Today marks the 40th anniversary of the landmark Roe v. Wade decision that legalized abortion – and the fight to keep it so rages on.
The U.S. Supreme Court ruled 7-2 on Jan. 22, 1973 that the right to privacy, under the 14th Amendment's due process clause, extends to a woman's "qualified" right to terminate a pregnancy. States may not violate that right, but do have legitimate interest in protecting a woman's health and the potential life of the fetus. Thus, ongoing fights over abortion center on viability – think Gov. Rick Perry's current push for lawmakers to pass a so-called "fetal pain" bill.
While the fights over abortion, on their face, address the point at which a fetus is viable, Perry, among others, have made it clear that their goal is to outlaw all abortion. "Roe v. Wade paved the way for the loss of more than 54 million innocent lives, with more than a million added to that total with each passing year," Perry said in a statement marking the anniversary of Roe. "In Texas, we've worked hard to strengthen our abortion laws to the greatest extent possible under Roe v. Wade. We will continue working to empower families and protect our children's future, until the day abortion is nothing more than a tragic footnote in our nation's history."
In Texas, the number of abortions continues to drop modestly each year – from 81,079 in 2007, for example, to 77,592 in 2010, the last year for which there are complete numbers. (Interestingly, the number of live births has been dropping as well, at a faster rate: from 406,123 live births in 2007, to 384,500 in 2010.)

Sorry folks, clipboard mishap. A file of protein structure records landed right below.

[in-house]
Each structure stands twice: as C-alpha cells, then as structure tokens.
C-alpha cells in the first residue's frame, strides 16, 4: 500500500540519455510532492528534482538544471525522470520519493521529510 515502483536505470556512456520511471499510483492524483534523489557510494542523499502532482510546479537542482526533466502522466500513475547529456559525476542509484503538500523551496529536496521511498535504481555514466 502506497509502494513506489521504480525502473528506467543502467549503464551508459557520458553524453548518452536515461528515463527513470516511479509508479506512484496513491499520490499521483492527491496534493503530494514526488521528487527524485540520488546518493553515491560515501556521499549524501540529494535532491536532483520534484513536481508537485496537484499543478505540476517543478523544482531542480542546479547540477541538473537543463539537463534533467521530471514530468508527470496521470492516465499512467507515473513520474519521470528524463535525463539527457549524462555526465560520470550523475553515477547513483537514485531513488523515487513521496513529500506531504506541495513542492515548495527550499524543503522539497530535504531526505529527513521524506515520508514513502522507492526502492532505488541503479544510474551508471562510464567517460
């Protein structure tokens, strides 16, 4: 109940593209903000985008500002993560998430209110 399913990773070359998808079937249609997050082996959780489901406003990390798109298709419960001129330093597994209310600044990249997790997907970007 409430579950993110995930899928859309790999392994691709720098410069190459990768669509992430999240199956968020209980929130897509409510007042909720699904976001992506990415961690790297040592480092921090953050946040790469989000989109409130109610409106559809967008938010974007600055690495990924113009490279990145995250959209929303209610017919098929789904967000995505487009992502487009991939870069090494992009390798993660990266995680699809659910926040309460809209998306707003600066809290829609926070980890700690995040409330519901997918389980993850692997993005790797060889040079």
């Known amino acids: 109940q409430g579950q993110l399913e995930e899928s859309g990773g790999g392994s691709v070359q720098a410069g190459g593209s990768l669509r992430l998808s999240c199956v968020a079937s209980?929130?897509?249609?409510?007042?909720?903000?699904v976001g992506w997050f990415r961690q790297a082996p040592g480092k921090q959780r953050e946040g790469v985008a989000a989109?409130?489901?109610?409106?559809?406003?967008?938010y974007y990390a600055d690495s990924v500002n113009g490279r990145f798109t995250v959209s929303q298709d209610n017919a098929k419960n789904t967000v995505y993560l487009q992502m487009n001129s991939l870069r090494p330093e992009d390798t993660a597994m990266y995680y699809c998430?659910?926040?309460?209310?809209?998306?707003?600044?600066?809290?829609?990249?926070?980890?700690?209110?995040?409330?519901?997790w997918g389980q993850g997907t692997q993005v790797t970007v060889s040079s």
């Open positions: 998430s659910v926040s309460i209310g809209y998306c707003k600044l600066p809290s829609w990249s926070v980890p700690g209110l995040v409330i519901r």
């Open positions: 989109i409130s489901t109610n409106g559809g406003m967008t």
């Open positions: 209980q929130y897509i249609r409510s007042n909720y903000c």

In order to reduce the number of abortions, women should be given adequate access to family planning and reproductive health services, women's health advocates argue. Instead, Texas lawmakers have cut millions from the family planning budget, and have worked overtime to craft language to ban Planned Parenthood from participation in the Texas Women's Health Program – in effect forbidding tens of thousands of women in the program from access to the provider of their choice. "It is unfortunate that discussions about women's health services – which are effective in preventing abortions – have become so polarizing," Austin Dem Rep. Donna Howard said in a press release. "We are losing sight of the serious health consequences and fiscal costs that result from a lack of access to medical screenings, contraception, and treatment."
For more on the state of women's health in Texas, see "Jumping the Shark on Women's Health," Jan. 18.
Find more on Roe v. Wade, including transcripts and audio from the oral arguments along with the 1973 opinion, here.
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